Dynamic range is up there with the very best, as demonstrated below.
As you can tell from the second picture, there is detail all the way from deepest shadows to sunlit highlights. At 100%, pronounced grain is visible in the lower values but nothing post processing cannot tame (besides, for best post processing, I would probably not yank the shadow slider all the way up as I did here. Plus, this was processed from a jpeg, not a RAW file).
Colour rendition is lovely. Very pleasing. Which doesn’t mean it’s perfectly accurate, at least in OOC jpegs. Reds in particular seem a little more orange than in real life. More later, when I have time to work on RAW files in better controlled conditions.
In hand, the A7r feels perfect. The grip might feel a tiny tad small for big hands of glove wearers, but it’s the Goldilocks of cameras for me ! Just right.
A special mention here for the shutter release : the longish throw feels springy (in a smooth and positive way) and oh-so progressive, so that there is no interruption whatsoever between no-picture and picture.
If you are a Zen practitioner, this is a camera for you. Just as the Master archer looses the shot by releasing the bow-string with no adverse impact on the arrow, so will the Zen photographer trigger the shutter with (b)utter smoothness. A very nice touch and by a long margin the most pleasant feel of any of the (far too) numerous cameras I have owned or used. The shutter will trigger itself. The photographer will be the subject 🙂
Build is very good. While the A7r does not have the same luxury sex toy feel as a Leica M or the tough-as-nails character as the EM-1, it is very pleasing in its own modern style.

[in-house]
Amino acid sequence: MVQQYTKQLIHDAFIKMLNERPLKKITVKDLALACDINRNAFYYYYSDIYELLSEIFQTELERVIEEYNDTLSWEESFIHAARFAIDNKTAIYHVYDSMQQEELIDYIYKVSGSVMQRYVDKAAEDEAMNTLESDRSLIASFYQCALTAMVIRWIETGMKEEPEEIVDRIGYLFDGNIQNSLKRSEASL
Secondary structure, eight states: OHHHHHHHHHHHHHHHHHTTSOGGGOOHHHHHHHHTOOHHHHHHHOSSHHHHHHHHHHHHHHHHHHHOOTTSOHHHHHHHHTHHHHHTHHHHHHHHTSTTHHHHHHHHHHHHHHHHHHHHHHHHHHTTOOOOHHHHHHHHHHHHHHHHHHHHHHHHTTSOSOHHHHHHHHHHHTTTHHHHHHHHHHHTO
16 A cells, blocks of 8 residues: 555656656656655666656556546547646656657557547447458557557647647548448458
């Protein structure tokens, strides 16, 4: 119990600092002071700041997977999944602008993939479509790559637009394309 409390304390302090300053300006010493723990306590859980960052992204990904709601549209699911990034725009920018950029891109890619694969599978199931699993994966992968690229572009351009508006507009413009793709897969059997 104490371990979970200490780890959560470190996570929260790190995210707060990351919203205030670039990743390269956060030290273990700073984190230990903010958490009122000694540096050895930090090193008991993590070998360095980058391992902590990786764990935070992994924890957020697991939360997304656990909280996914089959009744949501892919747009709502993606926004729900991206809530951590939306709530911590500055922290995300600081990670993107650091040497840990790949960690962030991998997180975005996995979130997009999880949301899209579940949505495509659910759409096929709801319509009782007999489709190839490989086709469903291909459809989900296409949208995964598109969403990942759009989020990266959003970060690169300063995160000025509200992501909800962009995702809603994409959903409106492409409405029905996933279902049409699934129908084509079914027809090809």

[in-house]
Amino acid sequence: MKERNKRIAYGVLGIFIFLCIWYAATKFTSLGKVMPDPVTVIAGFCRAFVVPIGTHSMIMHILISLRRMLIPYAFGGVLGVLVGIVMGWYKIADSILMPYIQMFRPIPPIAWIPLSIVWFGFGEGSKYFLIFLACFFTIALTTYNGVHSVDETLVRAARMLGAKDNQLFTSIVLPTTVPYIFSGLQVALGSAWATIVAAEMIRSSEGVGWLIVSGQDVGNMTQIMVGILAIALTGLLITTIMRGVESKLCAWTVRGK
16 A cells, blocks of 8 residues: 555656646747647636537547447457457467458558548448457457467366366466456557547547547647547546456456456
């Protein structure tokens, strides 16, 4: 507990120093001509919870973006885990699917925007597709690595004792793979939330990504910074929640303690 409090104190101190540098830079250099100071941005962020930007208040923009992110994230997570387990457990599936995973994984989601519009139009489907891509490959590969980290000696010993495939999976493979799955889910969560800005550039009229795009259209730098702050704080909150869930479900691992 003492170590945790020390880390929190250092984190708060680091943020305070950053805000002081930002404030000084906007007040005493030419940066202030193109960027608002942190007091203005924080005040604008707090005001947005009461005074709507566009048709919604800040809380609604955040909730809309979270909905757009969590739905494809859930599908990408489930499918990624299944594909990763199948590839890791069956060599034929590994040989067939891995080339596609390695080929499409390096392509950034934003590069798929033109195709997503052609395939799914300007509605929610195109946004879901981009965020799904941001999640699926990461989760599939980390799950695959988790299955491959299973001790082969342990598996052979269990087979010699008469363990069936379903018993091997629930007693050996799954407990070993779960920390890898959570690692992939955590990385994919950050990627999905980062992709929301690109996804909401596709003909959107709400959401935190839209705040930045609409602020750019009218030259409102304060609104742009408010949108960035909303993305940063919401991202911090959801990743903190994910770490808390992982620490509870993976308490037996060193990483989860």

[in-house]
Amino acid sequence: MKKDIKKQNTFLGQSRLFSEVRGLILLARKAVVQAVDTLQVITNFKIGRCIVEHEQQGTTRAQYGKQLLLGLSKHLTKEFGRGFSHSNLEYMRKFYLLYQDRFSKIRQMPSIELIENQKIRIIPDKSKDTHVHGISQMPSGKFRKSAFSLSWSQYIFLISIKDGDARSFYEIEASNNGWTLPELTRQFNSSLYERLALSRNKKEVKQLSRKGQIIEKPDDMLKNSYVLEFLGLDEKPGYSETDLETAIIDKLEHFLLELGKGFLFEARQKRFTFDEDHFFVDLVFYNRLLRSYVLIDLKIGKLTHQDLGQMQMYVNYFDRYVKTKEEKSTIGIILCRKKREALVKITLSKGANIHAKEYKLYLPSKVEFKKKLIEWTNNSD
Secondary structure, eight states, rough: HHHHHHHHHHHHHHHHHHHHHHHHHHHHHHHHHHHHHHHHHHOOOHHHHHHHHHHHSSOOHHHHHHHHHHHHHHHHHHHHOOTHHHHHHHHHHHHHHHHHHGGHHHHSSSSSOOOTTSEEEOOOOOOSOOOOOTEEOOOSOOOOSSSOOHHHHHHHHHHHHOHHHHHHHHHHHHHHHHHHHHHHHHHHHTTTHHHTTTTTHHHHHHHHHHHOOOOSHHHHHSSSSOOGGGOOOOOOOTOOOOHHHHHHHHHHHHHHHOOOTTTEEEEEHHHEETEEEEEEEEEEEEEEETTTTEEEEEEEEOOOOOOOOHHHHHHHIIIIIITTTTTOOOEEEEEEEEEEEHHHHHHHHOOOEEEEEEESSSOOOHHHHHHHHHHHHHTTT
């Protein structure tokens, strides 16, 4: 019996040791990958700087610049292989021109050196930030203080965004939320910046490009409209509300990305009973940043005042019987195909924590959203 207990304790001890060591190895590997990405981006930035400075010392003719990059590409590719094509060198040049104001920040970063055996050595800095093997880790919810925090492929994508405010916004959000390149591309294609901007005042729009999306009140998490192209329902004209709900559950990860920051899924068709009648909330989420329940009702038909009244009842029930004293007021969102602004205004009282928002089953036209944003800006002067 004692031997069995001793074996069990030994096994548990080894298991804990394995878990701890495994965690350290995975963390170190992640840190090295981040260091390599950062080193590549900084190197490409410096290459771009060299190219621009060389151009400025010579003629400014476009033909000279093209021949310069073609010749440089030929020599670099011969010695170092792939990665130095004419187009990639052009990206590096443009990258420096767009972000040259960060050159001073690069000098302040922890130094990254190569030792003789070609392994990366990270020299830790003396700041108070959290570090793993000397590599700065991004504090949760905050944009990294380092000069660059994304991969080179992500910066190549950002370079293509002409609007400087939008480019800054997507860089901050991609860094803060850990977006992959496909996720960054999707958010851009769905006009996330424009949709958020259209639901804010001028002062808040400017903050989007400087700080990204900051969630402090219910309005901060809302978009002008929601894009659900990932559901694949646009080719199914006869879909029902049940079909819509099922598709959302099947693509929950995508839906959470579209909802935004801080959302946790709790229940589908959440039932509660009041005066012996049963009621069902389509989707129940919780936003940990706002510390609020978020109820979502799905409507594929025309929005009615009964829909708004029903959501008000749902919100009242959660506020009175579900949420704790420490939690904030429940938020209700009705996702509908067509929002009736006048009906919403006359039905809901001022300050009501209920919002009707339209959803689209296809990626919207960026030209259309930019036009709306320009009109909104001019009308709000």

Retro ? Not in my book.Quite the contrary, in fact. Having a protruding viewfinder box and dials doesn’t imply retro in my book. A Leica M and its unholdable grip is retro, so is the RX-1 (silly silly silly gripless gem). The A7r is modern in a no nonsense sort of way that really appeals to me. The button layout on the rear panel could probably have been improved by a mentally deranged 4 year-old chimpanzee, but the “thick slab of modern unobtainium” design, and the gorgeous grips really work for me. I absolutely love it.
Gripes ? Well of course ! Nothing’s ever perfect. So here it goes : either my nose is too big or the EVF is better positioned in a corner. Overblown ego and extensive use of Mamiya 7, NEX 7 and Leica M point me to the latter.
Here goes the product marketing decision : placing the EVF on the top left corner penalizes those 30% who aim with the left eye. Placing it in the middle penalizes everyone. Let’s choose that. To be expected from an industry that has needlessly (and knowingly) inflicted AA filters to 99.9% of its users for a decade … But Sony has broken so many molds that it would be unfair to hold a grudge. Even with a greasy rear screen the A7r remains an abfab achievement.
The Electronic ViewFinder (EVF)
After finding much relief in the optical viewfinder of my Nikon D800e, my main fear with the Sony A7r was the feeling of being trapped inside a digital TV again.
The EVF is the best I’ve used, Olympus E-M1 included. High contrasts are well handled. Pixels are barely detectable but never obtrusive (actually, they probably aren’t detectacle, but the feeling of a viewing digital screen is). The screen is wide. The optics behind it are pretty good. Not perfect but very good.
My only real negative at this point is that colours are not as saturated in the EVF as the real thing, sometimes making the scene a little less interesting, a little more dull, than reality, particularly in low light. But the positives far outweigh this for my use and I would never go back today.